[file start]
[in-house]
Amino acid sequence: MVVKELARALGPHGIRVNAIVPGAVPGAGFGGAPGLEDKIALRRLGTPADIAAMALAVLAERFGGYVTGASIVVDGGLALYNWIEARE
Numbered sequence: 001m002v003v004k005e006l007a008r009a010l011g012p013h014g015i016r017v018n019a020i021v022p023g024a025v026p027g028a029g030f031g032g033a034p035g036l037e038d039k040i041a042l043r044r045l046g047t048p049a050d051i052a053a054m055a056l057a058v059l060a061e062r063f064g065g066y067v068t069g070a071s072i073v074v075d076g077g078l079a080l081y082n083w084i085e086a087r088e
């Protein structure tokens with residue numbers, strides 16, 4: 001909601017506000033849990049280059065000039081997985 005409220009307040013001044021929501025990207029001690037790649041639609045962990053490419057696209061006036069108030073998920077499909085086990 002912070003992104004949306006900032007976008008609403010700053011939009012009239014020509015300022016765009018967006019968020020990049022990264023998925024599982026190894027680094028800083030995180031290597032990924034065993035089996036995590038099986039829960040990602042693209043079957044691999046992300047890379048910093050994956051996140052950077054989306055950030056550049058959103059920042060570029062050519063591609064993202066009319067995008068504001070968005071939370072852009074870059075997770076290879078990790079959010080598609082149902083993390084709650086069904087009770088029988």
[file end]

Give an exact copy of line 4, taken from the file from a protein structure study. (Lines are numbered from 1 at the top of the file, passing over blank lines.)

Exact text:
């Protein structure tokens with residue numbers, strides 16, 4: 001909601017506000033849990049280059065000039081997985 005409220009307040013001044021929501025990207029001690037790649041639609045962990053490419057696209061006036069108030073998920077499909085086990 002912070003992104004949306006900032007976008008609403010700053011939009012009239014020509015300022016765009018967006019968020020990049022990264023998925024599982026190894027680094028800083030995180031290597032990924034065993035089996036995590038099986039829960040990602042693209043079957044691999046992300047890379048910093050994956051996140052950077054989306055950030056550049058959103059920042060570029062050519063591609064993202066009319067995008068504001070968005071939370072852009074870059075997770076290879078990790079959010080598609082149902083993390084709650086069904087009770088029988």